Friday, 10 April 2015

I - Impending Sense of Loss

She:
It's high time you recover
He:
From?
She:
From whatever that you are mourning
He:
I am sorry if I sound cruel. But you haven't lost anybody and I hope you never do. But you might never understand what I go through everyday. It's cruel, you know, to survive without somebody that meant the world to you.
She:
You know there is something much more crushing than the actual loss itself?
He:
And what would that be?
She:
The impending sense of loss
He:
Really now?
She:
Yes. The feeling of something precious slipping away from your hands. Claustrophobic. Helpless. Like you are drowning and now you are getting tired of struggling to stay afloat and the panic that hits you the exact moment when you feel lack of air for the first time.

When your loved one is battling terminal illness, a dying relationship, an-about-to-break friendship, an unnamed bond that you had grown emotionally dependent upon going sour.

Nothing is lost yet, but everything isn't the same either. Impending sense of loss. Hard hitting. You see the suffering in the eyes of the people, their difficulty in being with you and you want to set them free too but you just can't. Because you don't want to. Because you are torn. Between your own reasons to keep them with you and the relief of seeing them free.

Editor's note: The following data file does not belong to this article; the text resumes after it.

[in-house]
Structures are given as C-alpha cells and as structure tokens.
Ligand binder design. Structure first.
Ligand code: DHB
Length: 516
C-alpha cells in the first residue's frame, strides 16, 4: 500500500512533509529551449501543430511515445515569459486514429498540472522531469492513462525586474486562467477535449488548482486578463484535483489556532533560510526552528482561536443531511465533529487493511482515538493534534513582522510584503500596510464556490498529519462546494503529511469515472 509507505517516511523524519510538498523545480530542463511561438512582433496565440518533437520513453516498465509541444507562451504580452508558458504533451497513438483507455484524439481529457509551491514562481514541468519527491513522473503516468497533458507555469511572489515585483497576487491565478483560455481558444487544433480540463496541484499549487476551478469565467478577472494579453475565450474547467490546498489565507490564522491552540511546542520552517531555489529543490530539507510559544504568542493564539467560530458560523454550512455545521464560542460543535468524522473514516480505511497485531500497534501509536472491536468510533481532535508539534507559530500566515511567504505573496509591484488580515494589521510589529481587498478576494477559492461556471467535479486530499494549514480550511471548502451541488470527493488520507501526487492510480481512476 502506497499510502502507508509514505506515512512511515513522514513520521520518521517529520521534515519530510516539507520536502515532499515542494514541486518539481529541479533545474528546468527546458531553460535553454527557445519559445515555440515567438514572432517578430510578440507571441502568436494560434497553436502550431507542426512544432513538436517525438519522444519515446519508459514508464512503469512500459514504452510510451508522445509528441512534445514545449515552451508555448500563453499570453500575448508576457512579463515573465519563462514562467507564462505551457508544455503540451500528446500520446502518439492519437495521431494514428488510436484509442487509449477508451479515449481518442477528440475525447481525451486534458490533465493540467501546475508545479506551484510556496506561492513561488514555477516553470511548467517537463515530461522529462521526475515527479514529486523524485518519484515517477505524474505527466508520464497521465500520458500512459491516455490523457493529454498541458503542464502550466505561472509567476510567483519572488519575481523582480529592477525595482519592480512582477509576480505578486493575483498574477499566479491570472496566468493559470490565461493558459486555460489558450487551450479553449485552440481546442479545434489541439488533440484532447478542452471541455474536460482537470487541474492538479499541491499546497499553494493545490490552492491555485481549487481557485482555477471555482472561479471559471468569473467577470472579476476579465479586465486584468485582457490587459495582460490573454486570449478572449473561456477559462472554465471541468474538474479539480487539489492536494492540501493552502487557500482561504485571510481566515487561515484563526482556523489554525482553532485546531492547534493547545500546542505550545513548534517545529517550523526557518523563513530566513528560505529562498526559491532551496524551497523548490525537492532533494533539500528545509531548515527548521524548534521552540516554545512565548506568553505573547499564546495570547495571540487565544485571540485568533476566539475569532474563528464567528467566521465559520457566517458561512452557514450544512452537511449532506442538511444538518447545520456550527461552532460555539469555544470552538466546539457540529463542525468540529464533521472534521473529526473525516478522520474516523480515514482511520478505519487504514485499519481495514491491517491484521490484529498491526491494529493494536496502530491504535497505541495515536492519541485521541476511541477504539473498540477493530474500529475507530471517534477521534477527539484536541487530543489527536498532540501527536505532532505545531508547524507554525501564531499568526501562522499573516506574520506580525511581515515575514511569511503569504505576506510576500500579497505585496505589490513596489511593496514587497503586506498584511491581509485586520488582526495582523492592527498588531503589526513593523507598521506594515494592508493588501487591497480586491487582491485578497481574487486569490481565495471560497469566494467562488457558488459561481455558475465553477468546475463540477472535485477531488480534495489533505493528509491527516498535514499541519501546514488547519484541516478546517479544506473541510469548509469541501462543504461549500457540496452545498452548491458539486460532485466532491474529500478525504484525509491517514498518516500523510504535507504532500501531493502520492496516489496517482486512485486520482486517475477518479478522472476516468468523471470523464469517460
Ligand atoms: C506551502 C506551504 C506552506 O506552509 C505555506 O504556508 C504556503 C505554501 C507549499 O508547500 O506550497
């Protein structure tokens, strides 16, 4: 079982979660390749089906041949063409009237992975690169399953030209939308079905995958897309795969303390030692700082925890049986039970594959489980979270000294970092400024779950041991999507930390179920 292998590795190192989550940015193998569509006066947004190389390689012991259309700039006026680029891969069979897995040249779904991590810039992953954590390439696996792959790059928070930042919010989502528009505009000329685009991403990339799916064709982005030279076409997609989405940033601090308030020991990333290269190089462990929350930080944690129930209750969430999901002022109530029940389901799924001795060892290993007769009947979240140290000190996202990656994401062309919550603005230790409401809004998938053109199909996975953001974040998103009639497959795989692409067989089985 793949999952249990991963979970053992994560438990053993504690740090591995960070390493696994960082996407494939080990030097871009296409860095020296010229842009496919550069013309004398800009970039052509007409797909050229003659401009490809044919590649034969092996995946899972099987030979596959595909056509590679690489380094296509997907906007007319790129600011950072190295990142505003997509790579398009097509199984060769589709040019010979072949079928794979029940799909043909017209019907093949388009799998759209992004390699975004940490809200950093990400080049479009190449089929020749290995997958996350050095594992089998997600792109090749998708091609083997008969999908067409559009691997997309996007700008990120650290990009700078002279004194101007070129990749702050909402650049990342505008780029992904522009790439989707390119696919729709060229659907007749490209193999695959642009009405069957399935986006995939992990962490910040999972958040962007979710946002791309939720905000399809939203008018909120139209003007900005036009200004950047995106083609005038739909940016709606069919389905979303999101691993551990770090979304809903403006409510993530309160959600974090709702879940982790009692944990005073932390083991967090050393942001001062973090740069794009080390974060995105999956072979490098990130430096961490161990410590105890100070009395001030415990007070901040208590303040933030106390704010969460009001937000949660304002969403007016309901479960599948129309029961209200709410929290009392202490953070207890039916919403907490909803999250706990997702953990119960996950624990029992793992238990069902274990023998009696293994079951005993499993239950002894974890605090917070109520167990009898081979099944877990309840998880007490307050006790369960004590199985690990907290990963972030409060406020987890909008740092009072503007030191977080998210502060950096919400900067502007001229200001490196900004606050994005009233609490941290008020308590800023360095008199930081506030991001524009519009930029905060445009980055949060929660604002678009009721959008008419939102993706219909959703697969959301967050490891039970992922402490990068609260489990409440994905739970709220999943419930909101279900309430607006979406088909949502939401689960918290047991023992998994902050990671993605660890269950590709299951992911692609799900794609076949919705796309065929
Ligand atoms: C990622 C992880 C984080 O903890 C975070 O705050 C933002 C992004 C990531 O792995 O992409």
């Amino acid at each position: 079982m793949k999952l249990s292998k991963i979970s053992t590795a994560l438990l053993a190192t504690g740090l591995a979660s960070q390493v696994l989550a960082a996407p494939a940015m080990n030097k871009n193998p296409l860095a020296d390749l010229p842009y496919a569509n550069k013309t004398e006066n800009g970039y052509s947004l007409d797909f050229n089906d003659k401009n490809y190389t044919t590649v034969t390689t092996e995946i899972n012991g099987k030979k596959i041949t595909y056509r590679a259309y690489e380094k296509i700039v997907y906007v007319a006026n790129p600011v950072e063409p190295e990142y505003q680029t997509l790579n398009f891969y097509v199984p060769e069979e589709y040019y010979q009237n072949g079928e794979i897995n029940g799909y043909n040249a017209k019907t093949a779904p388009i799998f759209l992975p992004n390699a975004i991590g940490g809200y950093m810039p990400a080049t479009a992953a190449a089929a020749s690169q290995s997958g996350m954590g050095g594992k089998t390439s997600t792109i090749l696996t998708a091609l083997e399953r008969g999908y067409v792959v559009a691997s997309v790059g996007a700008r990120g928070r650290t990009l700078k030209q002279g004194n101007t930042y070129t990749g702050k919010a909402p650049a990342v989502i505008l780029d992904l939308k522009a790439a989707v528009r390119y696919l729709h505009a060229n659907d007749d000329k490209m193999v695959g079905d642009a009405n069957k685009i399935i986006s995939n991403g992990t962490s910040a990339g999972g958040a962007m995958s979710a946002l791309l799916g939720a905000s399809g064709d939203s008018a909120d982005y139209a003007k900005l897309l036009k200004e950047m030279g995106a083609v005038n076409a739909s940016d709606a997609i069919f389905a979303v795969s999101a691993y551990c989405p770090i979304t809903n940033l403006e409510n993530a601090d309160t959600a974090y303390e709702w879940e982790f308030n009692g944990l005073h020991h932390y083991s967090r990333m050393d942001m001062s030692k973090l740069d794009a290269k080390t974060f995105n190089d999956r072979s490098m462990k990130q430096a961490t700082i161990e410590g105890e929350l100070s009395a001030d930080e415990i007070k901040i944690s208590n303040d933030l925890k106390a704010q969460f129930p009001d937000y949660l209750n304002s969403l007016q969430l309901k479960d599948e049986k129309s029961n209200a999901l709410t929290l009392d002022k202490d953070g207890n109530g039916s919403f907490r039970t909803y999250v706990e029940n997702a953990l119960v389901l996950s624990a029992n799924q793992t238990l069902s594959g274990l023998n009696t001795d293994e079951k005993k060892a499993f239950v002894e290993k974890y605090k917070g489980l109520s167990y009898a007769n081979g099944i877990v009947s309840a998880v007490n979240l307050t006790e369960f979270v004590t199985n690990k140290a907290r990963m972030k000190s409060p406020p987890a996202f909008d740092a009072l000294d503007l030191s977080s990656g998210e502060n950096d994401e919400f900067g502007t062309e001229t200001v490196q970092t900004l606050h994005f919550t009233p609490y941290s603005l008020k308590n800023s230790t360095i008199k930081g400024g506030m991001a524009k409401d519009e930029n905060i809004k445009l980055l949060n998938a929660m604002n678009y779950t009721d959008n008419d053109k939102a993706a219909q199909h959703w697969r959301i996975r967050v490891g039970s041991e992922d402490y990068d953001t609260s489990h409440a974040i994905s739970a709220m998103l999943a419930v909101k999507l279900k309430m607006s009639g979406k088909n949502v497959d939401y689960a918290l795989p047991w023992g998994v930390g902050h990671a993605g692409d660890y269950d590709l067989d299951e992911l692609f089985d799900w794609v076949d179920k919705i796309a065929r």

Like an invisible burden on your soul. The possibilities floating inside your head. The what ifs. The imaginary scenarios of everything going back to the way it was before. And then the realization that they are just what you thought them to be – imaginary scenarios.

Like you have started walking on a bridge and just when you have reached the exact centre, that's when you realize that its oh-not-so-sturdy. And then you know that there is no way out because you cannot go back and cannot risk going ahead too. That's when you realize the meaning of the word 'stuck'. Stuck in a quagmire of not the loss but the impending sense of loss.



This post is written as a part of April A to Z Challenge - 2015



27 comments:

  1. Jyotsna, that was amazing - very powerful, sad, packed with emotions. A terrible place to be, and yet we can hope to get out of that feeling of being stucked...

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    1. Thank you Eli. Yes it's a terrible place to be stuck in :(

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  2. you brought to my mind a situation that I felt helpless, my sister law;s husband suffering from bone cancer in the 4th stage, doctors giving up, he was sent home, he was unable to eat, sit or sleep.. he was so restless, and we were not knowing what to do and finally decided to put him in hospice for a week where minimum treatment and care was given... watching the whole family running in circles ... too much to bear, finally he died within a week in this month.